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We develop a new evolutionary method of generating epsilon-efficient solutions of a continuous multiobjective programming problem. This is achieved by discretizing the problem and then using a genetic algorithm with some derived probabilistic stopping criteria to obtain all minimal solutions for the discretized problem. We prove that these minimal solutions are the epsilon-optimal solutions to the original problem. We also present some computational examples illustrating the efficiency of our method.

The goal of multiobjective optimization, also called vector optimization, is to find a certain set of optimal (efficient) elements of a nonempty subset of a partially ordered linear space. However, finding an exact description of this set often turns out to be practically impossible or computationally too expensive. Therefore, many researchers have focused their efforts on approximation pro- cedures and approximate solutions (see e.g. [

More than three decades ago, the notion of

In this section we review the results of [

The RHS (Random Heuristic Search) algorithm, described in [

Each population consists of a finite number of individuals which are elements of a given finite set

To simplify the notation, it is convenient to identify

where

We assume that all the populations appearing in sequence (1) have the same size

where

which is a simplex in

We now define the mapping

called heuristic ( [

A transition rule

Of course, a transition rule defined this way is nondeterministic, i.e., by applying it repeatedly to the same vector

In this subsection we consider a genetic algorithm as a particular case of the RHS. We assume that a single iteration of the genetic algorithm produces the next population from the current population as follows:

1) Choose two parents from the current population by using a selection method which can be described by some heuristic (see [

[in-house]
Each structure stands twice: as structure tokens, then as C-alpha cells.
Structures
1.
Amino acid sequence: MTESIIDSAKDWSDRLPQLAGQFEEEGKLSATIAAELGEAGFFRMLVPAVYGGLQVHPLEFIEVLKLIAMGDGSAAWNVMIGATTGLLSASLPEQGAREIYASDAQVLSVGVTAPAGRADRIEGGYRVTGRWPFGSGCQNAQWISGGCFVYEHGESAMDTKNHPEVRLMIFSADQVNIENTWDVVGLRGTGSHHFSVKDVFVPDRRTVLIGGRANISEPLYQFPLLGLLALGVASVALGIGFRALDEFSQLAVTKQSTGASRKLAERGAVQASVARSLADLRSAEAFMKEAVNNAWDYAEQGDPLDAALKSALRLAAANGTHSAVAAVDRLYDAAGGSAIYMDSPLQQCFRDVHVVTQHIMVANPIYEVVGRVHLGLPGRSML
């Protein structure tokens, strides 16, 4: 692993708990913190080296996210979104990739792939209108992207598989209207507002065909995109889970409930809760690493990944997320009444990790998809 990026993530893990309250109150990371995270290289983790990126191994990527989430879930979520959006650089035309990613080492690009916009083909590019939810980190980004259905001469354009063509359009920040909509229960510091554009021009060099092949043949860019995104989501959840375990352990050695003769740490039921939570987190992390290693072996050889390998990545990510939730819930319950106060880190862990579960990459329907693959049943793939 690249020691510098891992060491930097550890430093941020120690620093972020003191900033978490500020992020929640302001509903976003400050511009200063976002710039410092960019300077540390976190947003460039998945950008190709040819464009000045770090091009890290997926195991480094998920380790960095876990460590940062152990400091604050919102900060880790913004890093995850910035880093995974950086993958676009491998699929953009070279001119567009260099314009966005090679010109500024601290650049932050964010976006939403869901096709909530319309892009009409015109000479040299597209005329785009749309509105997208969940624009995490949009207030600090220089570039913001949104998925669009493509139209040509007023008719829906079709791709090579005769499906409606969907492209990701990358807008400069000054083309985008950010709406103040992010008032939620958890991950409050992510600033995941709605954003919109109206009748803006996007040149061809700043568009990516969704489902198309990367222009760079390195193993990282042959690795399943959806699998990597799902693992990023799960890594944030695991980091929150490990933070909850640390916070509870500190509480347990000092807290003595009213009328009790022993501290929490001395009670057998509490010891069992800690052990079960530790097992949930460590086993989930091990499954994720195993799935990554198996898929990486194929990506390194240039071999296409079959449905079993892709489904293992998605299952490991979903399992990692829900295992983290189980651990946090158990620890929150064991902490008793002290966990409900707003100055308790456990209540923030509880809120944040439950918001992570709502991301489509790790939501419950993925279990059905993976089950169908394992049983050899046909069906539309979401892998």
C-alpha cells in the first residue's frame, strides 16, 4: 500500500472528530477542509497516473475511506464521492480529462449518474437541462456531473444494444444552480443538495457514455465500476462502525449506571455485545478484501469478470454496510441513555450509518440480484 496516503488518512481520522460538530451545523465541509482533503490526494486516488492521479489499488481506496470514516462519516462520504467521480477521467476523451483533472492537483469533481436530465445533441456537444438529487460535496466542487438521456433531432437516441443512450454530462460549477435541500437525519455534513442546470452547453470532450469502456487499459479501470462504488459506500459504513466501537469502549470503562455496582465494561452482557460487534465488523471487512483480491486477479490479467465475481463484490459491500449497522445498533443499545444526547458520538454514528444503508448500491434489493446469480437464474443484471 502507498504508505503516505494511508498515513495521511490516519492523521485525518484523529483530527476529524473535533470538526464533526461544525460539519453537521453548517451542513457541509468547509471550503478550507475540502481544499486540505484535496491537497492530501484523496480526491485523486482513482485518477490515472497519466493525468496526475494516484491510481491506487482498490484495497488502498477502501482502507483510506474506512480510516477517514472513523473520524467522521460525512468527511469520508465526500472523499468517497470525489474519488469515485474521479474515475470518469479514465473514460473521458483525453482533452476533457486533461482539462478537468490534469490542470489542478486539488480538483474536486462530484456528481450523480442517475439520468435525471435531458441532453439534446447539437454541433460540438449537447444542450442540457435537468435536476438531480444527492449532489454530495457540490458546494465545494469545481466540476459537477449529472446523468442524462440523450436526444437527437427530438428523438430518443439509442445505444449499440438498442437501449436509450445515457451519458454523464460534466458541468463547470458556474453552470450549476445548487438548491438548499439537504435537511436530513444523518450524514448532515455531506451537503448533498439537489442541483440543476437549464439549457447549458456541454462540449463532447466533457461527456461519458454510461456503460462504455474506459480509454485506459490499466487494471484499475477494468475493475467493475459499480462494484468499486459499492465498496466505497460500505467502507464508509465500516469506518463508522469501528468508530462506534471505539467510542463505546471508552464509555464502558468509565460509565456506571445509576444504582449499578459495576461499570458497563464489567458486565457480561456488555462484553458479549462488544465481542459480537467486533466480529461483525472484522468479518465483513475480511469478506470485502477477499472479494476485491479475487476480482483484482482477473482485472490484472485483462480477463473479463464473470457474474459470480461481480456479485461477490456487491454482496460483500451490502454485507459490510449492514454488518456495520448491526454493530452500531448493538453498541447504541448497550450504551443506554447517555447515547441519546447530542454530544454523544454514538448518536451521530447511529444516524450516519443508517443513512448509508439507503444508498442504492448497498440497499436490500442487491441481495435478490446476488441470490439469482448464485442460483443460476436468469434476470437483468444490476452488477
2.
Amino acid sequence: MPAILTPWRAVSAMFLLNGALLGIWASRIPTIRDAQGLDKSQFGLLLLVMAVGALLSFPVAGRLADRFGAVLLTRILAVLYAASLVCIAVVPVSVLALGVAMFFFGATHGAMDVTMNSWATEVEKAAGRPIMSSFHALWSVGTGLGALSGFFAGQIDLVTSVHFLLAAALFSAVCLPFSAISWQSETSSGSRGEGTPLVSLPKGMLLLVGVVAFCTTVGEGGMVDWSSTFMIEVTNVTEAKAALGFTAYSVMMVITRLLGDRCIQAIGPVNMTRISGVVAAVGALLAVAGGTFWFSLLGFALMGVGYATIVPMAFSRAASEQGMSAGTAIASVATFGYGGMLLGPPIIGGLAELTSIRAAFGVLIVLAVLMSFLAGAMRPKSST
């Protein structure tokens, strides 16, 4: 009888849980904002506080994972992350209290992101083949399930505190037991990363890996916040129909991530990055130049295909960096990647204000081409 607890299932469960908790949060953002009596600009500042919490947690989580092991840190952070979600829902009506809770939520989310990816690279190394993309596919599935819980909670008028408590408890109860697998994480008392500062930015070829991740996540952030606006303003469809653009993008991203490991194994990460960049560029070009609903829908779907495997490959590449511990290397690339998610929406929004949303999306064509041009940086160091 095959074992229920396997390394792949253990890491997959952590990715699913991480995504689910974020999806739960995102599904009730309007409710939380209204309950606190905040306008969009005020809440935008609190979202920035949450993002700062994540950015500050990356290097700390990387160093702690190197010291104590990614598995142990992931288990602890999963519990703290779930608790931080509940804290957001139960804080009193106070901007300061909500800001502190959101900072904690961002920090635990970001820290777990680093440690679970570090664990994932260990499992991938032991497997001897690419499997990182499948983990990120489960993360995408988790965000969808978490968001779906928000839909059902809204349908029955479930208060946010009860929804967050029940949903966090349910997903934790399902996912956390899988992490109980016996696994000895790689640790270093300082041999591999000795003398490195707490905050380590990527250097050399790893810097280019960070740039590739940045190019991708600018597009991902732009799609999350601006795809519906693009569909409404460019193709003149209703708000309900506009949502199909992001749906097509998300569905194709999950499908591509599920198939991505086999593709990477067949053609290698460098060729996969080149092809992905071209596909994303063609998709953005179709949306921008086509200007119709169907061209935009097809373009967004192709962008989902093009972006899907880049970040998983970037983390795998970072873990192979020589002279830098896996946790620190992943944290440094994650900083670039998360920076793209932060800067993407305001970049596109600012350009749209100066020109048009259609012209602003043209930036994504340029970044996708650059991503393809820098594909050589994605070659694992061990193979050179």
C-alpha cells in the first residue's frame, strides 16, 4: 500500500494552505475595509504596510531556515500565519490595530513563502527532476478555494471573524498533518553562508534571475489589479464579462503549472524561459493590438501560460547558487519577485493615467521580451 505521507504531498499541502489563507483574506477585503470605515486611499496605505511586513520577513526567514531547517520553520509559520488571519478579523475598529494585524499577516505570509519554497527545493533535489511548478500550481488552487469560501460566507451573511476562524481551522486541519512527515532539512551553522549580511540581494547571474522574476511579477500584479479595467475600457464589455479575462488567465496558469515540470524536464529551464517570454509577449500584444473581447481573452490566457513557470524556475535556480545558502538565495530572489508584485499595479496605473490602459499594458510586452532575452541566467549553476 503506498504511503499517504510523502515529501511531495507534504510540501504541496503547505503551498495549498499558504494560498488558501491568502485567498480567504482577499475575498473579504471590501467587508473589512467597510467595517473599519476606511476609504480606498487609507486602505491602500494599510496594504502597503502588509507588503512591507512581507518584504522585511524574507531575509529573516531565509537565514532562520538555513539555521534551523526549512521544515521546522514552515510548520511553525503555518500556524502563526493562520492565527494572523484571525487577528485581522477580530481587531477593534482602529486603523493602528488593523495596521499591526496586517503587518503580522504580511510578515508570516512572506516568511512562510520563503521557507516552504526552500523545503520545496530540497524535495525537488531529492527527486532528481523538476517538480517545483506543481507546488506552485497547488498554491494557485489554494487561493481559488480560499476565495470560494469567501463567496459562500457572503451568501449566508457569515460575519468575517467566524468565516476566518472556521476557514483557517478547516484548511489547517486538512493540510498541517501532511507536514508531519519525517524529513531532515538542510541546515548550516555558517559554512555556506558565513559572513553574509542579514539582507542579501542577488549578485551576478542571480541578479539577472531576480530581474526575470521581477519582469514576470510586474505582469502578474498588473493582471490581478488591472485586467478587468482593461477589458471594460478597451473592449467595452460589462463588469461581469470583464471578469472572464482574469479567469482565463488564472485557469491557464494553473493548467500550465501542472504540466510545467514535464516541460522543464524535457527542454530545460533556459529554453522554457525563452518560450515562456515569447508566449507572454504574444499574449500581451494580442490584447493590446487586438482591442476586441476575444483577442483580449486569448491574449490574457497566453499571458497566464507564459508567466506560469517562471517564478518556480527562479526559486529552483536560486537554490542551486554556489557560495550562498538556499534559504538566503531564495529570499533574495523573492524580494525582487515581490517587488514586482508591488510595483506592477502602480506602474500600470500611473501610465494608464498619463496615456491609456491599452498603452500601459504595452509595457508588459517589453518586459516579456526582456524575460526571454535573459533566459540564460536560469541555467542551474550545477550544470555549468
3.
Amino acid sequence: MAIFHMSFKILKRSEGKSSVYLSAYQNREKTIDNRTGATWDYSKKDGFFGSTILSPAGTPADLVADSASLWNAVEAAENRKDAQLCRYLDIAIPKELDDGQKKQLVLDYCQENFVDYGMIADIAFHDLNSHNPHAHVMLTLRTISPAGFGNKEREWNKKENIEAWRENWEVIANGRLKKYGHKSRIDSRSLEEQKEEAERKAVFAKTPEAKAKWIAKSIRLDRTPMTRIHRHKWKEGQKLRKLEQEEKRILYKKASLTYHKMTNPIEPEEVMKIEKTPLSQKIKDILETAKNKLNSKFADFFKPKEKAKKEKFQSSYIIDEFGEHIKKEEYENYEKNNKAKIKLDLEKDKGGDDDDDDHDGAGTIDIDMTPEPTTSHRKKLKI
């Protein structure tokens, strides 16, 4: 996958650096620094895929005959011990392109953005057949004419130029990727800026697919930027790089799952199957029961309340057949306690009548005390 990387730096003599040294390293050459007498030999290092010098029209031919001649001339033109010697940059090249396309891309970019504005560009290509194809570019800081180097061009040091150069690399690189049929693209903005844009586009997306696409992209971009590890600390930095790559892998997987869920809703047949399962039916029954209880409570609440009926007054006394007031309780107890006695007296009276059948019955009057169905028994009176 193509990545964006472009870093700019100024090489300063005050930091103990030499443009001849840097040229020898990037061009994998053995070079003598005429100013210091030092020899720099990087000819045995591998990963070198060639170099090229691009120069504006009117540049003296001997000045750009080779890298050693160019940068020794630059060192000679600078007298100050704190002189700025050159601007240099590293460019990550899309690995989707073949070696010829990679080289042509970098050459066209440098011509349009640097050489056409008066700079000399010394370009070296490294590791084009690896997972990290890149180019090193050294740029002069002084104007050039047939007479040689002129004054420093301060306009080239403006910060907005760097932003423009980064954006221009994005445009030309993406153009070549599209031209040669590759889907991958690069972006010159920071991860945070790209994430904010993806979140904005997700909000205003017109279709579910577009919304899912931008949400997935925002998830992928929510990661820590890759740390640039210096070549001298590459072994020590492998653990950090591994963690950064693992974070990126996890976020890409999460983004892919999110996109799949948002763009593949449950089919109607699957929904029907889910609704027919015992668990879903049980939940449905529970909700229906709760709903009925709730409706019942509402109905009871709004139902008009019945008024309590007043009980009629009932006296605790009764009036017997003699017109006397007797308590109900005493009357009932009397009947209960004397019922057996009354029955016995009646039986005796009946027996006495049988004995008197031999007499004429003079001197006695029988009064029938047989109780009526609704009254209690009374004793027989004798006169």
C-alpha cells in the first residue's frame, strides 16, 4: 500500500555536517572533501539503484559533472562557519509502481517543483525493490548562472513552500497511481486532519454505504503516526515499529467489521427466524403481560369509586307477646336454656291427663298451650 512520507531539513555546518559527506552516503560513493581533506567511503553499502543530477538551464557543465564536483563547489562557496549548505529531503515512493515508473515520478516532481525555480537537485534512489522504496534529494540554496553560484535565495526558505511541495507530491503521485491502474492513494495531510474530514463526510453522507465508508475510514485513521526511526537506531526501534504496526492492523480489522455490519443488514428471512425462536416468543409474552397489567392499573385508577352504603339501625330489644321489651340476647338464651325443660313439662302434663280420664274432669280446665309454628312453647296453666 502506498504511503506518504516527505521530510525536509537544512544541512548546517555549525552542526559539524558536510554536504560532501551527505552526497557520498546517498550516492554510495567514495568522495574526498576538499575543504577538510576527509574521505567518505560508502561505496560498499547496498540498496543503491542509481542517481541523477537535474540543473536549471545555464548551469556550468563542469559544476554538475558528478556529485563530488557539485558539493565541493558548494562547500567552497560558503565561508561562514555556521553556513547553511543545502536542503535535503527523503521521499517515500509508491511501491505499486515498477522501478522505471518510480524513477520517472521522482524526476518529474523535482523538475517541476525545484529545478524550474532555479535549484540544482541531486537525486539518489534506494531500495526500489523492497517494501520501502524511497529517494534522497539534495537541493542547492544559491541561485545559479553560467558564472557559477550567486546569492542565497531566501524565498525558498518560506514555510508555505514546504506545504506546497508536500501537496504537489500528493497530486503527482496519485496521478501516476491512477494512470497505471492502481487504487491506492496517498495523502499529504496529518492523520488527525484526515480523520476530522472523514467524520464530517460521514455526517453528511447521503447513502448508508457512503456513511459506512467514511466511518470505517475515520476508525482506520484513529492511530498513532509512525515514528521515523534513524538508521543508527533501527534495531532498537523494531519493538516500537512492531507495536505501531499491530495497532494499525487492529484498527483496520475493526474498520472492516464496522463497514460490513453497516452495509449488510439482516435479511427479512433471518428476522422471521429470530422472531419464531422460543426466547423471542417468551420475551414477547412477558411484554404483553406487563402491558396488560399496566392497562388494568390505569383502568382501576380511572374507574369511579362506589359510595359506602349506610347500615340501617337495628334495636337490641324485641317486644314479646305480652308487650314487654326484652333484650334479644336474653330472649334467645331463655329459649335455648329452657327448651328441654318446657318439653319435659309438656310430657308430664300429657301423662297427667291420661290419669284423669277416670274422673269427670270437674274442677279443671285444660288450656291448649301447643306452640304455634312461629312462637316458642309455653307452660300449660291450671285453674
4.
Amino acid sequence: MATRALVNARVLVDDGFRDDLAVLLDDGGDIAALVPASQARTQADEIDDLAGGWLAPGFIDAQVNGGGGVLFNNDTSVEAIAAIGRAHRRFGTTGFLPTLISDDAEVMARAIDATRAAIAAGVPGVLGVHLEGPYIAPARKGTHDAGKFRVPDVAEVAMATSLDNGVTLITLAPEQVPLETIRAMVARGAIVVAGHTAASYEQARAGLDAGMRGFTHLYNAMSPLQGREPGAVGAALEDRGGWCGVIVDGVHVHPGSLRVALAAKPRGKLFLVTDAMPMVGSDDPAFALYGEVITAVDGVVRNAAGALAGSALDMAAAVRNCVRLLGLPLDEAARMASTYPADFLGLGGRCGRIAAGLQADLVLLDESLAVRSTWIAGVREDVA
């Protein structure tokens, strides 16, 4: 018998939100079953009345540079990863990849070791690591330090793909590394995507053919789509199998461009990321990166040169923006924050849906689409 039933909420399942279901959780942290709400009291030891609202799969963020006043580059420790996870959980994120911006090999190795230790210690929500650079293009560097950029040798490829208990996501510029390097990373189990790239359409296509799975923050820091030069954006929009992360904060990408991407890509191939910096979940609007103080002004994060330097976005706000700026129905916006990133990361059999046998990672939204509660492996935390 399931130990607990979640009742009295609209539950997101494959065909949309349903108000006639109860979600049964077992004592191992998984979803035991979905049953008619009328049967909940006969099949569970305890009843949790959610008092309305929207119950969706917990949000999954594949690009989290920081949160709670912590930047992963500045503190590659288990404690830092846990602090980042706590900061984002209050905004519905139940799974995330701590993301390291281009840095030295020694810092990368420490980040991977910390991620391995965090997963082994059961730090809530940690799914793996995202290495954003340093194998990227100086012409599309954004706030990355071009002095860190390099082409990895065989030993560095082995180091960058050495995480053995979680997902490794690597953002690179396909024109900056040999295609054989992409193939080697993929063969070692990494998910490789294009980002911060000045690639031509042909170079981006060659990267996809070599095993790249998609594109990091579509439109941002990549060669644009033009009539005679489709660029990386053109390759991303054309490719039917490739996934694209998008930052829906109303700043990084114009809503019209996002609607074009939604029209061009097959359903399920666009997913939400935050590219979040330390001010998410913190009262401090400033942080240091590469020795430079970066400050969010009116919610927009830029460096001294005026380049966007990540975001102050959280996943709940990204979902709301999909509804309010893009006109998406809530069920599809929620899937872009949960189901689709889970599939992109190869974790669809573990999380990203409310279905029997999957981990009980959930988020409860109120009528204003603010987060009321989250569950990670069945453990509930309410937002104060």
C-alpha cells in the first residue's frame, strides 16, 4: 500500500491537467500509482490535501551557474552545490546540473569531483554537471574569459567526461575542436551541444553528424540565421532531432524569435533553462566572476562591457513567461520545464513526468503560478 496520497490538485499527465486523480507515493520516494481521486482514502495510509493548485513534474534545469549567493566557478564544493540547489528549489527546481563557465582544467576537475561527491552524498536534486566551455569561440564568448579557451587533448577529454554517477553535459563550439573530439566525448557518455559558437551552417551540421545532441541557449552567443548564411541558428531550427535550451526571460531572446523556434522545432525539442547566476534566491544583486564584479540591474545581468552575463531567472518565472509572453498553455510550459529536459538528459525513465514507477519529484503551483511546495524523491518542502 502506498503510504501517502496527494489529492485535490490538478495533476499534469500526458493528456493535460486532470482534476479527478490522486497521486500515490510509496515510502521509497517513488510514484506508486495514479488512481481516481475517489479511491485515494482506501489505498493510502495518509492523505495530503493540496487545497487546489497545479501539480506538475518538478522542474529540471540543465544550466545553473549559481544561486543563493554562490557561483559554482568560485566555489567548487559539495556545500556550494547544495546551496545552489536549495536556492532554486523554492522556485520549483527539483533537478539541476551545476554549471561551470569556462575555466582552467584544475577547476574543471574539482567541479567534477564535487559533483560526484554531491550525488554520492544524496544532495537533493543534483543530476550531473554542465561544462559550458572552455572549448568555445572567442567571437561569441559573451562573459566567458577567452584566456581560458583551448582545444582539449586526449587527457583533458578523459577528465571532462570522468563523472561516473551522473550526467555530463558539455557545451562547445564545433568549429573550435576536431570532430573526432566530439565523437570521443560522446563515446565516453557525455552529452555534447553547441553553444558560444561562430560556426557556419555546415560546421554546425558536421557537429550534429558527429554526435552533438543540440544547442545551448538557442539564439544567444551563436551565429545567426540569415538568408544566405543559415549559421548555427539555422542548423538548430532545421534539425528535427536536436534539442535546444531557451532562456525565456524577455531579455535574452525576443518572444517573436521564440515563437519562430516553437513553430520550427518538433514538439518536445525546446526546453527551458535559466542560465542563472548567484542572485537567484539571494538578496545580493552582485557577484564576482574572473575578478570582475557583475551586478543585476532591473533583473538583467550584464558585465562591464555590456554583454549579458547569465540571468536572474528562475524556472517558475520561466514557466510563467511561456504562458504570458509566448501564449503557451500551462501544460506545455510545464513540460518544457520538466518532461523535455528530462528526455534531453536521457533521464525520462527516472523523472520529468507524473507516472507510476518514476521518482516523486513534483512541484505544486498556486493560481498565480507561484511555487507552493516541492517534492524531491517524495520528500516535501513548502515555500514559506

2) Crossover the two parents to obtain a child.

3) Mutate the child.

4) Put the mutated child into the next population.

5) If the next population contains less than

The only difference between the iteration described above and the iteration of the Simple Genetic Algorithm defined in ( [

To derive our stopping criteria, we will use some properties of mutation which is generally understood as changing one element of the search space to another, with a certain probability. The way of implementing selection and crossover is not important for our model, so we omit the discussion of them (we refer the reader to ( [

We assume that mutation consists in replacing a given individual from

matrix

of obtaining a population

where the subscript sc means that we are dealing with the composition of selection and crossover, and the subscript scm indicates the composition of selection, crossover and mutation. To get a whole new population, one should draw an r-element sample from the probability distribution (8). The probability of generating a population

We now consider the following multiobjective optimization problem. Let

The set of all minimal elements of

In particular, if

In this case,

In this section, we assume that the goal of RHS is to find all elements of

where the (possibly unknown) number

Theorem 1 ( [

Let

Let

Corollary 2 ( [

where

The results of Section 2.3 give no practical way of constructing the set

The algorithm presented below is a combination of the RHS and the base VV (van Veldhuizen) algorithm described in ( [

Then we construct a sequence

where

where we have used the notation